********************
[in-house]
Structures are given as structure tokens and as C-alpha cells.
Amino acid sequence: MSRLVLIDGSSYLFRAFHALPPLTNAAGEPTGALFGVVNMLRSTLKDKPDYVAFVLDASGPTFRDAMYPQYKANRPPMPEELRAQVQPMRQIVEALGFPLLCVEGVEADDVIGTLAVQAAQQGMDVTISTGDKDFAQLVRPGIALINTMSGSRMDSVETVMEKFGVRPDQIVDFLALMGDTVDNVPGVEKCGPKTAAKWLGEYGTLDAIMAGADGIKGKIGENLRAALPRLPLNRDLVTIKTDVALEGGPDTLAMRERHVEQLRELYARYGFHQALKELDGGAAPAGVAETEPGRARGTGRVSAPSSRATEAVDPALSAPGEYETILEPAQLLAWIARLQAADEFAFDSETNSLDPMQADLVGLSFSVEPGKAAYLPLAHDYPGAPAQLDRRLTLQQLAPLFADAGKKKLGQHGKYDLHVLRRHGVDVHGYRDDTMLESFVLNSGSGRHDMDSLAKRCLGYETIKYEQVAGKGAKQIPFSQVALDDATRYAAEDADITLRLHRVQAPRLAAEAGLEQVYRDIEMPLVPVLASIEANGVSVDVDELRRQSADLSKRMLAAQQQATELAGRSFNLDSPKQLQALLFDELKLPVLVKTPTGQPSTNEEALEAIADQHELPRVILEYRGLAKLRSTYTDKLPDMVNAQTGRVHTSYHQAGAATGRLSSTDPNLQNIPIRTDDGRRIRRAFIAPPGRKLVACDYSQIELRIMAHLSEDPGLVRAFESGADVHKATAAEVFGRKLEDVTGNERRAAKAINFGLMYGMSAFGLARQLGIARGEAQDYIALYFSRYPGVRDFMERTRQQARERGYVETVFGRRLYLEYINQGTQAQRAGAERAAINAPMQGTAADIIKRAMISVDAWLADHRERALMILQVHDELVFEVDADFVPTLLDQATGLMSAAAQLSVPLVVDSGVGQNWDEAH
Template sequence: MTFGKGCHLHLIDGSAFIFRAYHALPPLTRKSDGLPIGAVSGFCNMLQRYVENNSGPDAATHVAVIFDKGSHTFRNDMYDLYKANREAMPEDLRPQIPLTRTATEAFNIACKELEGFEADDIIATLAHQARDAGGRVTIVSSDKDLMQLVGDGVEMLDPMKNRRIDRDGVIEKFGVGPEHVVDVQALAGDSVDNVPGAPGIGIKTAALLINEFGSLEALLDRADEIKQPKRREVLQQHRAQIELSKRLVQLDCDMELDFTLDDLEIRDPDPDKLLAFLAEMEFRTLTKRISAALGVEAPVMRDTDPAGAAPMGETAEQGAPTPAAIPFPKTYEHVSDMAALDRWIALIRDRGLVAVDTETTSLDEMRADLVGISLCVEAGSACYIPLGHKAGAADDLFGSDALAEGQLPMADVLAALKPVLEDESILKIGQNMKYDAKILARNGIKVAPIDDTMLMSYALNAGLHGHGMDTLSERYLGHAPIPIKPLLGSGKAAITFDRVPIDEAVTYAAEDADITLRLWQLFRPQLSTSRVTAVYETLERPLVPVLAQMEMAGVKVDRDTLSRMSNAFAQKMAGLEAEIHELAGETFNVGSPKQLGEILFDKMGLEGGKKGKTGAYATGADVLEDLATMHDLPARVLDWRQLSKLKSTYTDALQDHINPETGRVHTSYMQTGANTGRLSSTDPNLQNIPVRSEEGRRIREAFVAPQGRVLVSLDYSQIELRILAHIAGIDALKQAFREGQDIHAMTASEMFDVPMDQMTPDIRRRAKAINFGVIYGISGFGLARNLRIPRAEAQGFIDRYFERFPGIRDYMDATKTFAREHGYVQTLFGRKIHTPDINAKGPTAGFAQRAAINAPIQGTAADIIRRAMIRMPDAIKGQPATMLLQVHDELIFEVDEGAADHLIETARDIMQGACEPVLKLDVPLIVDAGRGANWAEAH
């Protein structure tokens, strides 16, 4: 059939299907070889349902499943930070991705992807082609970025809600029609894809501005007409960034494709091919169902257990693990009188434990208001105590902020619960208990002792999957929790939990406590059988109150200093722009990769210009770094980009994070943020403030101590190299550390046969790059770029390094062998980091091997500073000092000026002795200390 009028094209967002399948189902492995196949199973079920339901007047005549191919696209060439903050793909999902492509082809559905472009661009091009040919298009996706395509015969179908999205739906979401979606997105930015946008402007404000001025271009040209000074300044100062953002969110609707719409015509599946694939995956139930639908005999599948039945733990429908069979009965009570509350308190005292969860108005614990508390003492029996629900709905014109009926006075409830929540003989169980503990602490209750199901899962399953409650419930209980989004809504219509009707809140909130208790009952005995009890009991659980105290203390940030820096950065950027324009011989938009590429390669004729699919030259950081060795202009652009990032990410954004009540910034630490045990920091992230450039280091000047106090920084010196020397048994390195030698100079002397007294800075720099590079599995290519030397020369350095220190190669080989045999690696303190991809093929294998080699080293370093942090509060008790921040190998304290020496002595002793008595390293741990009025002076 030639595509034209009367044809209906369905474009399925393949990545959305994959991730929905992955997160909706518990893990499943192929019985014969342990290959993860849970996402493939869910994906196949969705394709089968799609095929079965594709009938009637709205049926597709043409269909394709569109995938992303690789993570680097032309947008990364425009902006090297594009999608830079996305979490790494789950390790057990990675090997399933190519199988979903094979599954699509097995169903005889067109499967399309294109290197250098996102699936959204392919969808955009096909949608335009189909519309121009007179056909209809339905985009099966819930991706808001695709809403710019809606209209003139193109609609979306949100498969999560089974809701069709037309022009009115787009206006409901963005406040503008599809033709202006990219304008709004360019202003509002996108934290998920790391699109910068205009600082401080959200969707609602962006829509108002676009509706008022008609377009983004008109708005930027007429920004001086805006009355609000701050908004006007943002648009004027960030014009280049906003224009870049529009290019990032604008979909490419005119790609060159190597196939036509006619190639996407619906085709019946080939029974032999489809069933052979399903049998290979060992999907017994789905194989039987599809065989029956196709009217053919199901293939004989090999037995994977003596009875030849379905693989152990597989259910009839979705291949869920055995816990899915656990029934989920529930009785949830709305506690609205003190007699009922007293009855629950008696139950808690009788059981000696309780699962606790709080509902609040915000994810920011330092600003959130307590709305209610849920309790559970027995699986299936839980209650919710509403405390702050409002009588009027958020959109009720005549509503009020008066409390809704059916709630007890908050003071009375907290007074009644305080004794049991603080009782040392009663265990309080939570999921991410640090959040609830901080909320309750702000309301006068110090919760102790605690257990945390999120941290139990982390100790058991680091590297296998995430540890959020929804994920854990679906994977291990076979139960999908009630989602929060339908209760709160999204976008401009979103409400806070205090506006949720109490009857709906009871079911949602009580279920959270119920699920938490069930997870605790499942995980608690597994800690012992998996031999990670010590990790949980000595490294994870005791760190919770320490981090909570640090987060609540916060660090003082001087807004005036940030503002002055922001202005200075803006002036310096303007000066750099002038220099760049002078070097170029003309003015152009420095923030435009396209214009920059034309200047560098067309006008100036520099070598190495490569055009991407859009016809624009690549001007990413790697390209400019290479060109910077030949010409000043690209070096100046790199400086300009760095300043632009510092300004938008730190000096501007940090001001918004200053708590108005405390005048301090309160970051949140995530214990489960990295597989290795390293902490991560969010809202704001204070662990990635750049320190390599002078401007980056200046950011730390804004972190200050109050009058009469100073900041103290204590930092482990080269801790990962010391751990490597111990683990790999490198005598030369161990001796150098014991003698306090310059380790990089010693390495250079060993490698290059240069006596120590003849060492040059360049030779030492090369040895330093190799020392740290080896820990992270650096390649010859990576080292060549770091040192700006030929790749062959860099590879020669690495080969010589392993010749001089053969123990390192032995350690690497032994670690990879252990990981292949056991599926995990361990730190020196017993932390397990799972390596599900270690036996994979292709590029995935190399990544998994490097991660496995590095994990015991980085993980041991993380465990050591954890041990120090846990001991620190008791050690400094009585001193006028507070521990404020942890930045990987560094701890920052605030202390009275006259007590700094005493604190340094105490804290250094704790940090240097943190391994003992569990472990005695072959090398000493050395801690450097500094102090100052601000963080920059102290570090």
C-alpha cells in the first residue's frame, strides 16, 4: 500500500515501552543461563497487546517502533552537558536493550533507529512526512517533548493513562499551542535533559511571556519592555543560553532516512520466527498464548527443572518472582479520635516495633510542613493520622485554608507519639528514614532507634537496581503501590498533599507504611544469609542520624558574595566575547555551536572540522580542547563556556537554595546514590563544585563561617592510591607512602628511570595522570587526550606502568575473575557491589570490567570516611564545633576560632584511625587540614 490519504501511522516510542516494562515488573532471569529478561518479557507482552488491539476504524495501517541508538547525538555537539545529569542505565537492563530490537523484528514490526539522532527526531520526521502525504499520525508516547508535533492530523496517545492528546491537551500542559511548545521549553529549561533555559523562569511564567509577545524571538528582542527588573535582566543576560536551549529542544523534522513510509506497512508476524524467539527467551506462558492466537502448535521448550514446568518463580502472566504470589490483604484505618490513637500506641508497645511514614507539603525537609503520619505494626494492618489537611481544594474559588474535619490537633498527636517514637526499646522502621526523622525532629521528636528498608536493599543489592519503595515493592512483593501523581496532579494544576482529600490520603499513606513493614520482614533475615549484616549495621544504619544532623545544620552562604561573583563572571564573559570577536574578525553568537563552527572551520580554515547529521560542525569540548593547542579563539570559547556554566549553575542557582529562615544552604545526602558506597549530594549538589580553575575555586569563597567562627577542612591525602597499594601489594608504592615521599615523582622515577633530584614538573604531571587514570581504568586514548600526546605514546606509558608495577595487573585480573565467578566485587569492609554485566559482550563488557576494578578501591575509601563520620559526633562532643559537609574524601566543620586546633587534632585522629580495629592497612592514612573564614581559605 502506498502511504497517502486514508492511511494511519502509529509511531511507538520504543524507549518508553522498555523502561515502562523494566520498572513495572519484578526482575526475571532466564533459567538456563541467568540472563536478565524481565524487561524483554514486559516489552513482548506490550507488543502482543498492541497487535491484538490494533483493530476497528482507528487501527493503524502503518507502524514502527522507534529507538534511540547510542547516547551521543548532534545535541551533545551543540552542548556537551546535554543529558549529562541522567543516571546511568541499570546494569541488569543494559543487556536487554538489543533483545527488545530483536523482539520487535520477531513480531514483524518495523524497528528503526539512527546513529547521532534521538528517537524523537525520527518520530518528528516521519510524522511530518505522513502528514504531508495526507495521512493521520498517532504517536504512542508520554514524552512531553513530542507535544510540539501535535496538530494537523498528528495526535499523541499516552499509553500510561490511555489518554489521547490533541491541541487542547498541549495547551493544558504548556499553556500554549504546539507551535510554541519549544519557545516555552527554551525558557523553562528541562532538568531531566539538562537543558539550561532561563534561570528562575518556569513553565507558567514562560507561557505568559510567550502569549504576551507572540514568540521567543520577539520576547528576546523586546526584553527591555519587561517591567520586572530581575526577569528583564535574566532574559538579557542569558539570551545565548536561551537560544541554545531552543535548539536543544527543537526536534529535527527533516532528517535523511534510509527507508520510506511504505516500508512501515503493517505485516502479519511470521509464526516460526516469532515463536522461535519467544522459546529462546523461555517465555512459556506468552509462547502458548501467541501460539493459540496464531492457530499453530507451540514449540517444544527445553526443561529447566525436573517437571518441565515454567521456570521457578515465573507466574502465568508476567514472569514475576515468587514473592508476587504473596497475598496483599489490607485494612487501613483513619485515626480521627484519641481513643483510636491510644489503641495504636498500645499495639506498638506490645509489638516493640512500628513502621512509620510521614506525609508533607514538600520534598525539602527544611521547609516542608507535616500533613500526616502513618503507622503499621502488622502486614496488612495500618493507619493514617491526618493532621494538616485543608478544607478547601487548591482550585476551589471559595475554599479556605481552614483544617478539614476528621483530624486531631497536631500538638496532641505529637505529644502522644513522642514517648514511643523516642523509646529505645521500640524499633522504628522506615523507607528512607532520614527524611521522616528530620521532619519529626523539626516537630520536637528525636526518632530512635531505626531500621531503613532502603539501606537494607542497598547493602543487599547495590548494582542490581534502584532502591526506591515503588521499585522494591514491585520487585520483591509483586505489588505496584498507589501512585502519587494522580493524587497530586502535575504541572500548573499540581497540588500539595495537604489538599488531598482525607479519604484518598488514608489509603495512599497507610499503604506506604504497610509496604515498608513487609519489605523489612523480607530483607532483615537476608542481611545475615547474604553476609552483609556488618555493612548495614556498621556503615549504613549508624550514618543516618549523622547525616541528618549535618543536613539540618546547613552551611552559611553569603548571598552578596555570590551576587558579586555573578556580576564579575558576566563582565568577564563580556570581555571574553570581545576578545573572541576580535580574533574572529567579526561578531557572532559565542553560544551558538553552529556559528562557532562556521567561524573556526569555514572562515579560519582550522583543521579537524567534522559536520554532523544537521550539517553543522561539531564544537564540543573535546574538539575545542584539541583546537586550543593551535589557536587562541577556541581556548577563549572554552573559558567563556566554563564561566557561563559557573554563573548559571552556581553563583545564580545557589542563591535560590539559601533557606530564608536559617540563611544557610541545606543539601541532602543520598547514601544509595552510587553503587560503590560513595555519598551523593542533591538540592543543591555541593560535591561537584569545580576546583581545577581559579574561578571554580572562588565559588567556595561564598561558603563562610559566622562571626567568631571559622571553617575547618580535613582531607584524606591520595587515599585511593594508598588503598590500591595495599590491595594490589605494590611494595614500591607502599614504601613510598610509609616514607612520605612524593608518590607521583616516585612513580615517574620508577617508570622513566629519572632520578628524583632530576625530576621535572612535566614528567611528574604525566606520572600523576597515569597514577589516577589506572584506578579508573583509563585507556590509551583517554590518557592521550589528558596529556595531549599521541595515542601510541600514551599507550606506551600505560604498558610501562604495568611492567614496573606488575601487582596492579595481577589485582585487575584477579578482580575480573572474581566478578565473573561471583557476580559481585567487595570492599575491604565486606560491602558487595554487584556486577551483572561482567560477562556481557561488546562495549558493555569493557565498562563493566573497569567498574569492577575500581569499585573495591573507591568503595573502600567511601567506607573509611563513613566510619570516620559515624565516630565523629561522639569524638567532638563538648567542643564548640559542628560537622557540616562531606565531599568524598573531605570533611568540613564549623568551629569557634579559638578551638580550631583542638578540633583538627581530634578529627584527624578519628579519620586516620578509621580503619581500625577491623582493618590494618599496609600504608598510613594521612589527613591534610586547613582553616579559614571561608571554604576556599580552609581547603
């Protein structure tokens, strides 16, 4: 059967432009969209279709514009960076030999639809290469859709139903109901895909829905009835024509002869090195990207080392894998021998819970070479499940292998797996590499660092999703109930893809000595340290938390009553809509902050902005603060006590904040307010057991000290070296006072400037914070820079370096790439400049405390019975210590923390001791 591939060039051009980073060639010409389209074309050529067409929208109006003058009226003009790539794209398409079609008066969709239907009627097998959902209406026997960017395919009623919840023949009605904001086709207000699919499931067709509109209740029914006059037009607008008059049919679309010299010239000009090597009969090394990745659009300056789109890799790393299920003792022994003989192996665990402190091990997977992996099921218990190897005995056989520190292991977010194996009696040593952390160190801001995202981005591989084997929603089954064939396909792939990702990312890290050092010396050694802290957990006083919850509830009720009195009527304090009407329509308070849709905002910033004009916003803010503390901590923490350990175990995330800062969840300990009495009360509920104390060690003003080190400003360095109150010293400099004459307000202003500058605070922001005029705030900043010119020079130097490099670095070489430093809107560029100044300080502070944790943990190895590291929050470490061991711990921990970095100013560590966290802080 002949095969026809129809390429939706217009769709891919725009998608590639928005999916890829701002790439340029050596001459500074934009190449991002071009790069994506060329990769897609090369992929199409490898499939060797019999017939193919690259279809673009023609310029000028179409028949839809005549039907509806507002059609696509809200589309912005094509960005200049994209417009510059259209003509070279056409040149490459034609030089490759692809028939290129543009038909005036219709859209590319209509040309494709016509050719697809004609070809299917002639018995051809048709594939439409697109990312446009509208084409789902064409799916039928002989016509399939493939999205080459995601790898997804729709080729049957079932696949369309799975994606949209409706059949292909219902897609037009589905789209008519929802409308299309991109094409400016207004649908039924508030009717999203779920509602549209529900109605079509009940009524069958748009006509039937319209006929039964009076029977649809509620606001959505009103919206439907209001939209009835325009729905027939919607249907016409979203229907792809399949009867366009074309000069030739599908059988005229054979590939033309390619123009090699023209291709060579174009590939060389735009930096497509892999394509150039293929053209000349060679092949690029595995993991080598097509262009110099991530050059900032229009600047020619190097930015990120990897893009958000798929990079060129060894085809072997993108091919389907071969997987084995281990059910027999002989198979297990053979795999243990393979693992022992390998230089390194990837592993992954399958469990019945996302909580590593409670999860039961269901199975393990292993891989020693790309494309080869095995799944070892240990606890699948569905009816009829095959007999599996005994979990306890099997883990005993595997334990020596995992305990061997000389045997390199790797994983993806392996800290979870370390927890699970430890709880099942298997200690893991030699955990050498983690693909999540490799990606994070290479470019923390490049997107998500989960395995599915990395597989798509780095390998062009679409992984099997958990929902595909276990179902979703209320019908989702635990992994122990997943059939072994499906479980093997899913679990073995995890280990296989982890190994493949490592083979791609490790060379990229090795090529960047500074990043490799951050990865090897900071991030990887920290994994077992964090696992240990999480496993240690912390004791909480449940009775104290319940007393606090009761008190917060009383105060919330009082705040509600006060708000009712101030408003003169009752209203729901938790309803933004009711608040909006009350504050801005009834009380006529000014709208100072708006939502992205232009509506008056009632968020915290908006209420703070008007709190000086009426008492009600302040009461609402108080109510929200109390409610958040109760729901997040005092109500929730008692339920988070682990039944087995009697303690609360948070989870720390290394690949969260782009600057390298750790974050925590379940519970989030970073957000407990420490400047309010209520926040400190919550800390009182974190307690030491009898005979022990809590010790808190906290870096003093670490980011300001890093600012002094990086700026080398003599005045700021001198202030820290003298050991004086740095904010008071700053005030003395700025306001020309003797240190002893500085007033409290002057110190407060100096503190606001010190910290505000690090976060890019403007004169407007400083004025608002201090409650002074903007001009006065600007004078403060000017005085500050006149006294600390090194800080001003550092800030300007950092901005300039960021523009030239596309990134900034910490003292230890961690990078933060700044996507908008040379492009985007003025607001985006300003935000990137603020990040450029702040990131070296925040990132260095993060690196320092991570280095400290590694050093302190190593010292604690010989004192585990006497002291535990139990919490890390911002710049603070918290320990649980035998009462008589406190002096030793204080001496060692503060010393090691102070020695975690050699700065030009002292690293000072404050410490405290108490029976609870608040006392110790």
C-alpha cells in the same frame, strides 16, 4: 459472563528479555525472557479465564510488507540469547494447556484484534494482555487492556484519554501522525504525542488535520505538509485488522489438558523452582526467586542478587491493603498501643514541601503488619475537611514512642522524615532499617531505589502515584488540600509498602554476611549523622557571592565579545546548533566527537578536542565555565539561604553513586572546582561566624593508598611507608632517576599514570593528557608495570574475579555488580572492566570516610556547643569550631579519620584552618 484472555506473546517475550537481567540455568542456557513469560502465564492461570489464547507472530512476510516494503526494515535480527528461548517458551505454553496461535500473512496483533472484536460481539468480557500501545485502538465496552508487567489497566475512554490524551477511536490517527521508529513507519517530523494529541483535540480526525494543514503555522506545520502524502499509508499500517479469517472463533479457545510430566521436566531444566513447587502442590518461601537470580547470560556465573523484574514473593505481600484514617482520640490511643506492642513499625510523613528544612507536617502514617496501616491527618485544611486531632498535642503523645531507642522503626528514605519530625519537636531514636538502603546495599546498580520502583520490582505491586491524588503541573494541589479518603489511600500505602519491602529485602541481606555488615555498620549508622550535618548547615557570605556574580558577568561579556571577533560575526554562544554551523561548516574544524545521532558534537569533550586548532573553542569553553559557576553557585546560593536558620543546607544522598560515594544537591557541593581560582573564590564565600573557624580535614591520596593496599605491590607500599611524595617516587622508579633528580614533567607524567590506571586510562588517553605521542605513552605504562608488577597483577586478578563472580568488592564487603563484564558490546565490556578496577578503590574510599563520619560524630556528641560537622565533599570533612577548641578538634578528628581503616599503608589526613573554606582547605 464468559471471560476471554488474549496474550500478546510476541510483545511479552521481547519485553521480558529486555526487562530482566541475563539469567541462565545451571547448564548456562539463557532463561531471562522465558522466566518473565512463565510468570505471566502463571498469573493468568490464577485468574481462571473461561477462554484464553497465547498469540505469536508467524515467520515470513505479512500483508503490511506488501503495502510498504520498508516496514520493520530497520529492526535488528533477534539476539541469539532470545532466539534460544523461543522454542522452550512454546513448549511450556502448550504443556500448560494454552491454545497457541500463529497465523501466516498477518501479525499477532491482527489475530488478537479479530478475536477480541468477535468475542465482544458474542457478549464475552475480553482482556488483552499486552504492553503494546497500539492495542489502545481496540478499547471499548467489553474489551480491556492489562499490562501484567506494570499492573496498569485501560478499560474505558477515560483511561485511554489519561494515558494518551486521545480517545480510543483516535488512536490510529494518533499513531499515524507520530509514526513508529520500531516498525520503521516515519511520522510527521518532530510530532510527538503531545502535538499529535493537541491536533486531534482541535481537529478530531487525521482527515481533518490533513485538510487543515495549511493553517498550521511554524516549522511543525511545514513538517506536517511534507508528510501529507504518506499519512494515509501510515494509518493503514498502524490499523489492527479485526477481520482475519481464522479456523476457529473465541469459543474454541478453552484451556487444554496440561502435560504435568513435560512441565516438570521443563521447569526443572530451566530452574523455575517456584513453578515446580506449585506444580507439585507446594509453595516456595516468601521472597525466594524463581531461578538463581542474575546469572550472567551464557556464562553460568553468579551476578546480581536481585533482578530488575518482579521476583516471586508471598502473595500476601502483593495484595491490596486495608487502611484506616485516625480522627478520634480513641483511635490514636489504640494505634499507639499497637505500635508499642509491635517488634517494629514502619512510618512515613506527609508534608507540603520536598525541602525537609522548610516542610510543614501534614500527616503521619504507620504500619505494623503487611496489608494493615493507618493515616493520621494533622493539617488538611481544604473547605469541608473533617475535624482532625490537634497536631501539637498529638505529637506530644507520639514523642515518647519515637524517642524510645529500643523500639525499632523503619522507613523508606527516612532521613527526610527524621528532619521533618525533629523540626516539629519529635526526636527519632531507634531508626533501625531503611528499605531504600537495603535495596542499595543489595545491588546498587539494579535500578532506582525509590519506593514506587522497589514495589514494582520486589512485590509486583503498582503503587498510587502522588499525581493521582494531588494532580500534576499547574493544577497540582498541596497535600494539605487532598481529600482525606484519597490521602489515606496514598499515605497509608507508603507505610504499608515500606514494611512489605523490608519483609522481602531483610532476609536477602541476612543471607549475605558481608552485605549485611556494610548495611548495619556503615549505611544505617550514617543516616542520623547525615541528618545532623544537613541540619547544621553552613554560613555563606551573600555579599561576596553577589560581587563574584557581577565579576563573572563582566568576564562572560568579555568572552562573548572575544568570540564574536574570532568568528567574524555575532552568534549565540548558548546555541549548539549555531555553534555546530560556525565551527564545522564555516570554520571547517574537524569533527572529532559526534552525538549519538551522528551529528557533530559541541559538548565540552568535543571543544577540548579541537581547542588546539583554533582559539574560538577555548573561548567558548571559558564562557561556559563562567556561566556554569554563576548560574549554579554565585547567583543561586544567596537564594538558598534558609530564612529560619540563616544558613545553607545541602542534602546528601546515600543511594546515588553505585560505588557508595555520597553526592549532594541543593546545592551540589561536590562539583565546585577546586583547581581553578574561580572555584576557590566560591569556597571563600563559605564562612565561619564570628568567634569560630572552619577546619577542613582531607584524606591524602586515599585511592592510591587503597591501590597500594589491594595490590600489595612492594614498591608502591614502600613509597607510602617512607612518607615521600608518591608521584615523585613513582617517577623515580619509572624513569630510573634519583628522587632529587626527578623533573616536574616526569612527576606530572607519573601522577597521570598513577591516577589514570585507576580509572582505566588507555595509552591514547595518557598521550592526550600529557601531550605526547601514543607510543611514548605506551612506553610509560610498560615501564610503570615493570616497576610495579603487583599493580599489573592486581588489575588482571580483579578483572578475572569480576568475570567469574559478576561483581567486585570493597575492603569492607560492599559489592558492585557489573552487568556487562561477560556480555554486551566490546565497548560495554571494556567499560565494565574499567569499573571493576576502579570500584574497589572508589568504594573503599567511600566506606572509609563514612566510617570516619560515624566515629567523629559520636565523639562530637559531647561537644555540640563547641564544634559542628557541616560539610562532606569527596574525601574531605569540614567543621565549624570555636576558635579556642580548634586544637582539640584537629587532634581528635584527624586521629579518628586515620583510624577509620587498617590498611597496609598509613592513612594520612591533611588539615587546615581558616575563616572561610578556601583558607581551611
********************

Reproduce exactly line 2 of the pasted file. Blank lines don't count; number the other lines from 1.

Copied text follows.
Structures are given as structure tokens and as C-alpha cells.